However, the risk of becoming depressed is greater for people experiencing difficult or traumatic life events such as unemployment, poverty, abuse, etc., while it is a definitive fact that there is a spike in the disease in times of economic crisis. During these times a notable rise in suicide rates has been observed. As far as Greece is concerned, according to the Hellenic Statistical Authority, results of the 2014 Health Survey demonstrate that 4.7% of the population indicated that they suffer from depression. This points to a great increase (80.8%) in numbers when compared to 2009 (2.9% of the population).
Concerning children, who form one of the most sensitive social groups, the deprivation of basic material goods directly affects not only their physical but also their emotional well-being.
Prolepsis Institute highlights the risks to mental well-being that thousands of children from socioeconomically vulnerable families in Greece are facing. Fear, sadness, anger, and anxiety about the future constitute the prevalent emotions for thousands of children in crisis-ridden Greece. The evidence gathered by Prolepsis Institute from schools participating in the Food Aid and Promotion of Healthy Nutrition Program – DIATROFI at the start of the 2015-2016 school year highlights the gravity of the situation and how the disastrous impact of the prolonged crisis jeopardizes the health and future of children. Among children attending these schools, 28% feel sadness, 38% feel anger, 17% worry about what will happen to them in the future, and one out of five are constantly fearful. Emotional health disorders manifest in 27.5% of students attending schools of the DIATROFI Program.
Students’ emotional health seems to be related to food insecurity and the standard of living. More specifically, in families affected by food insecurity, 33% of students develop emotional health disorders, while in families in a state of food security, the respective percentage of students is 19.9%. In families characterized by a low living standard, the percentage of students facing emotional health disorders is 30.6%, while in families characterized by a high living standard it is 23.4%, respectively.
Quantitative and qualitative results collected from the long-standing implementation of the DIATROFI program in schools located in socioeconomically vulnerable areas, highlighted several benefits. Daily food provisions for everyone at school offers: an important and effective solution to the daily food needs of the children, allows for an indirect financial support for the families, and can provide a positive shift in the functions of everyday life, and by extension, to the children’s state of mind.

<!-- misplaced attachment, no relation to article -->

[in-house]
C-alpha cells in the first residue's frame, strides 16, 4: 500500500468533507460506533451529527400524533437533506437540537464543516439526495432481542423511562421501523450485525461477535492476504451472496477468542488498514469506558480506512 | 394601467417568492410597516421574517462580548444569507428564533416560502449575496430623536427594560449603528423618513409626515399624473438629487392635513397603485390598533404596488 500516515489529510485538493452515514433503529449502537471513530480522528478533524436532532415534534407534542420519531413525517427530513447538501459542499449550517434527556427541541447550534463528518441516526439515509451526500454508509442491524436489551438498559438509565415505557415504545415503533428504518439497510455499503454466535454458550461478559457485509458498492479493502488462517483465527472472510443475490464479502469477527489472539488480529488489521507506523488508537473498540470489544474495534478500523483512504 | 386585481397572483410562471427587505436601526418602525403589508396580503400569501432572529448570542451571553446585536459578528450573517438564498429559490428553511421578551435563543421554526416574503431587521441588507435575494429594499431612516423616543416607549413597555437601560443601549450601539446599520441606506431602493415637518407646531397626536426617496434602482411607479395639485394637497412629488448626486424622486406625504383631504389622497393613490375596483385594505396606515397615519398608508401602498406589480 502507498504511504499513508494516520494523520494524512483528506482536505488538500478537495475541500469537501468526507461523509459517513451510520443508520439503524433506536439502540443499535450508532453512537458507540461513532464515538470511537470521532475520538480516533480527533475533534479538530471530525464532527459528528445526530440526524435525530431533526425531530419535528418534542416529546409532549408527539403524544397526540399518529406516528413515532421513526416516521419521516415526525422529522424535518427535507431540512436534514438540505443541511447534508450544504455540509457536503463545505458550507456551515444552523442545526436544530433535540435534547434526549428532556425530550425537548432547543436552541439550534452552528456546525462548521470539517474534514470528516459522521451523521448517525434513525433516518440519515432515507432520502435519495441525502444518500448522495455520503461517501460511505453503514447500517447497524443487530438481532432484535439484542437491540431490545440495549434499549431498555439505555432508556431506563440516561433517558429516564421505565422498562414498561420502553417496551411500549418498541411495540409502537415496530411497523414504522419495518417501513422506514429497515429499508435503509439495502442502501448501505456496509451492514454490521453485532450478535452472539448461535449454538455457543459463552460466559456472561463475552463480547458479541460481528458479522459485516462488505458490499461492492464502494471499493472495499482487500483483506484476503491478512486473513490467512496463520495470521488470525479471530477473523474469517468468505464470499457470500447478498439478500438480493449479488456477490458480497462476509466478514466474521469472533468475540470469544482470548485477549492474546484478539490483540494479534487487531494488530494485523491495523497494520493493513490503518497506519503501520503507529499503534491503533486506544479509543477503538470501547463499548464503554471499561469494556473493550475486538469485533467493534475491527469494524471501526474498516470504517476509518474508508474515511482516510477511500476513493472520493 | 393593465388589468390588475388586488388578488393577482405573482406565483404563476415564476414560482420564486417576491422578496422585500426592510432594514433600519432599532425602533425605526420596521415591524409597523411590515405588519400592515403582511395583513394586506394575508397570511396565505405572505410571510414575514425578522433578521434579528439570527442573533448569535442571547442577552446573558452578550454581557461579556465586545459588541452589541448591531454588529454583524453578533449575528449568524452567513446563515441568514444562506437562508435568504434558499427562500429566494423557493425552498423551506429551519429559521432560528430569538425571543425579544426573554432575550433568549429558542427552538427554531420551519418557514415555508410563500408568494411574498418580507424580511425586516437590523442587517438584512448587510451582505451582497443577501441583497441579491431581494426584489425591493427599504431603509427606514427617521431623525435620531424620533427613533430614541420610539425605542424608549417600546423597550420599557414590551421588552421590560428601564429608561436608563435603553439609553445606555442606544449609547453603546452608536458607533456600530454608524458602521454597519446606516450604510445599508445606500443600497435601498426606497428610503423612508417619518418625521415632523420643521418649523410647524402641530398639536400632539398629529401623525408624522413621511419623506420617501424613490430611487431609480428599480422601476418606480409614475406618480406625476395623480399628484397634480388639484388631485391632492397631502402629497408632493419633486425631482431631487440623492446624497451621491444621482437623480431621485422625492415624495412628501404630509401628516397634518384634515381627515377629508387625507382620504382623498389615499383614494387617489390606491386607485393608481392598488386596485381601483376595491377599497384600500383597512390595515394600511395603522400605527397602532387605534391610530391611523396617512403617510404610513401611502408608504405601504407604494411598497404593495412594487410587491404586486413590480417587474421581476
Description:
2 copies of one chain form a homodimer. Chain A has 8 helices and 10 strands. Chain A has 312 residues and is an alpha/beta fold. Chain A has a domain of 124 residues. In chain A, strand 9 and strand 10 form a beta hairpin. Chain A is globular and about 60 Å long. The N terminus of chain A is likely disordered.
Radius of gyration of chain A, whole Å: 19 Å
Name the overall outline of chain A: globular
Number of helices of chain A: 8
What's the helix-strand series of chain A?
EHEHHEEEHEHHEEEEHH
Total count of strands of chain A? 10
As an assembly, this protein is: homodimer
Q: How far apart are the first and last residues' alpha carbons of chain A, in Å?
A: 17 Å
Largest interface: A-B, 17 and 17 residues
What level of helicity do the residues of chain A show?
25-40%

Teachers and parents describe to Prolepsis Institute the over-whelming emotions of joy the children experience with the everyday food provision: “The greatest reward for us is the joy the children express about the food and having the chance to eat a wholesome meal. They eagerly wait for it asking: what are we getting today? When there is yogurt with honey on the menu, they go crazy!” (Teacher testimony)
“Once I came at school and found the children eating during the big break. The scene was truly beautiful. They were sitting in groups drinking milk, eating fruits, talking and laughing… It was amazing to see the children coming together and socializing as a result of these meals”. (Teacher testimony)
Thanks to the school Food aid program, the state of mind of the students coming from the most socioeconomically vulnerable groups is getting more positive, concentration and attention in class is improving, and on the whole, students better respond and are more actively involved in their school lessons. Learn more about the multiple benefits of the DIATROFI Program here.
The World Health Organization (WHO) has symbolically designated April 7 of every year as World Health Day to mark the anniversary of the founding of WHO in 1948. This year, the theme of World Health Day campaign is depression, a mental illness characterized by persistent sadness and a general loss of interest, accompanied by an inability to carry out daily activities, for at least two weeks. Symptoms most often mentioned are the loss of energy, a change in appetite and sleeping, anxiety, reduced concentration, restlessness, indecisiveness, feelings of worthlessness, guilt, or hopelessness.
Depression adversely affects relationships with family and friends, academic performance, the ability to earn a living and, by extension, society and health provision systems. At its worst manifestation, depression can lead to suicide, now, unfortunately, the second leading cause of death among 15-29 year olds with close to 800,000 people dying due to suicide every year.
Depression can be treated. It is, however, a rather complex disease, affecting many areas of an individual’s life (social, psychological, and biological) and as such, a multifaceted approach should be taken to manage it. Prevention programs have proven to be effective in reducing depression rates. Interventions at the community level are efficient in preventing depression both for children and their parents. School programs are geared towards improving the students’ mindset on personal issues preoccupying their mind. Interventions targeted for parents of children who face behavioral difficulties, reduce the parents’ levels of depression and as a result, positively benefit their children’s mental development. Moreover, programs promoting physical activity targeting senior individuals also positively impact the treatment of depression.
Learn more about the WHO’s information campaign “Depression: Let’s talk”, here: http://www.who.int/campaigns/world-health-day/2017/en/